To stop myself getting ideas above my station, I lunched afterwards at McDonald’s in Stroud. It seemed a good way to bring myself back down to earth.

Debbie Young in conversation with Sarah McIntyre, Philip Reeve and Nick Sharratt
Demonstrating my ambassadorial powers while  wishing I too had worn a hat (Photo: Clint Randall)

Two days later, on Friday 11th, I was back at the Festival, this time in the Queen’s Hotel for Read for Good’s fundraising reception. My role was to chat up the guests, which included award-winning children’s authors and illustrators such as Nick Sharratt, Philip Reeve and Sarah McIntyre. Read for Good’s new patron, the actor and author Sir Tony Robinson, inspired us all with a passionate speech about the power of books for young people. He cited his own experience of bunking off school as a teenager, in order to spend more time in the library!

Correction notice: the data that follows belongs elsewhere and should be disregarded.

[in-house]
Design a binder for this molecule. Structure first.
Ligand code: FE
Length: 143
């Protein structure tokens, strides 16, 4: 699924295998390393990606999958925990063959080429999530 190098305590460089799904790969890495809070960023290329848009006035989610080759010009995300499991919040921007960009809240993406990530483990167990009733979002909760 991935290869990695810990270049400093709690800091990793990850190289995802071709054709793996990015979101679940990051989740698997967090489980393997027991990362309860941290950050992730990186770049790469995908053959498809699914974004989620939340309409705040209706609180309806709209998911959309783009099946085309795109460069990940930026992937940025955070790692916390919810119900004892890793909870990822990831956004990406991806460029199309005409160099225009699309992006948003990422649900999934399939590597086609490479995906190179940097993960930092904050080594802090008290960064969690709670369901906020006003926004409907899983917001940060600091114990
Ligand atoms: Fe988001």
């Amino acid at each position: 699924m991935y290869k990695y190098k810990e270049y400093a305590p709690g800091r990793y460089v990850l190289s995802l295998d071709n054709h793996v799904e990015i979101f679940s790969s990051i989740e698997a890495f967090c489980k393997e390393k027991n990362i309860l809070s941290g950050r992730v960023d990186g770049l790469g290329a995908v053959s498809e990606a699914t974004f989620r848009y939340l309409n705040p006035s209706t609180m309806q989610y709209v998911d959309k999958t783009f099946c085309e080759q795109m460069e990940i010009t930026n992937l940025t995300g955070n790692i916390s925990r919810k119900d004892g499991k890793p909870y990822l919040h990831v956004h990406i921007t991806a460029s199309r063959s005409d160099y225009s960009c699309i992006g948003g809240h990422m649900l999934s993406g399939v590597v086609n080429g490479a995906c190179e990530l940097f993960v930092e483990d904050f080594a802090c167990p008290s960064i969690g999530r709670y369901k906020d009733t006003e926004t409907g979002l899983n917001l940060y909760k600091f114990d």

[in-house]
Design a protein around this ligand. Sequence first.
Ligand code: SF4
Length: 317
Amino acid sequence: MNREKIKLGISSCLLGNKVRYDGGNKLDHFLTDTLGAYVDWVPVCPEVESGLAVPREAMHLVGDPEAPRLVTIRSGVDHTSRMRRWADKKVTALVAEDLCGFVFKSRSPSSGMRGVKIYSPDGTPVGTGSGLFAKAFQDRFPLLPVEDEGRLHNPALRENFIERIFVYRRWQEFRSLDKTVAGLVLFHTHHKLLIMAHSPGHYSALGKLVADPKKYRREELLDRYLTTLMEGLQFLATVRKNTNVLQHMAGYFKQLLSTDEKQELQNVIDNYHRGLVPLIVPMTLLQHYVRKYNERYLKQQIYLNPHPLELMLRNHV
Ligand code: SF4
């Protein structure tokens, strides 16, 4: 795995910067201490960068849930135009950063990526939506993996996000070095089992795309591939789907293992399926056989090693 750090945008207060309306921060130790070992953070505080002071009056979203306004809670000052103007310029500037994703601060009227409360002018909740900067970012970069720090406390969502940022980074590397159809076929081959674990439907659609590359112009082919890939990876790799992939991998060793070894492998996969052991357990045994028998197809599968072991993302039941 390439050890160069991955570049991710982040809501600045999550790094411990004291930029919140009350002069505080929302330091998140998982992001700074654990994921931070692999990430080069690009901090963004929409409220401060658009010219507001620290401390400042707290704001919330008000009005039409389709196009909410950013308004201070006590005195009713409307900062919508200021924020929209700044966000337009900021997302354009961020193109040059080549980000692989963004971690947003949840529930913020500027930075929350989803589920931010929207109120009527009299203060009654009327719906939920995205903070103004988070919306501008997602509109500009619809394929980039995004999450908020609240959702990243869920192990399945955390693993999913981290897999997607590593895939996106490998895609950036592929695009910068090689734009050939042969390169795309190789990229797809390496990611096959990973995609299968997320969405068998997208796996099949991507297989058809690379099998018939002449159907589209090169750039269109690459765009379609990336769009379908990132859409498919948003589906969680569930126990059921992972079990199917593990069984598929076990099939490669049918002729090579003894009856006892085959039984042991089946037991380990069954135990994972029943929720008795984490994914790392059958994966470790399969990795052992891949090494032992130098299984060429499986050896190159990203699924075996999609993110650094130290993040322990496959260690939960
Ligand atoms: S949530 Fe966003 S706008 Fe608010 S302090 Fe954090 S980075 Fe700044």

I did still manage to get some writing done last month, but I’m enjoying this ambassador malarkey. And that’s before I’ve even started on the Ferrero Rocher…

Platter of Ferrero Rocher chocolates
Clearly I need more ambassadorial experience before I’m able to pile Ferrero Rocher into a pyramid, as in the ads

By the way, I’ve discovered it is IMPOSSIBLE to stack Ferrero Rocher into a pyramid as they do in the television advert (strapline: “Ah, Ambassador, with these Ferrero Rocher you are truly spoiling us). I think they must use blu-tak.

(This post was originally written for my Tetbury Advertiser column, November 2013.)

  • To find out more about the BBC Radio Gloucestershire broadcast and to hear a recording of it, click here for my previous post about it.
  • To get involved in the great work that Read for Good does encouraging children to read, visit
  • For further research into Ferrero Rocher, go to your nearest sweetshop. Go on, you know you want to.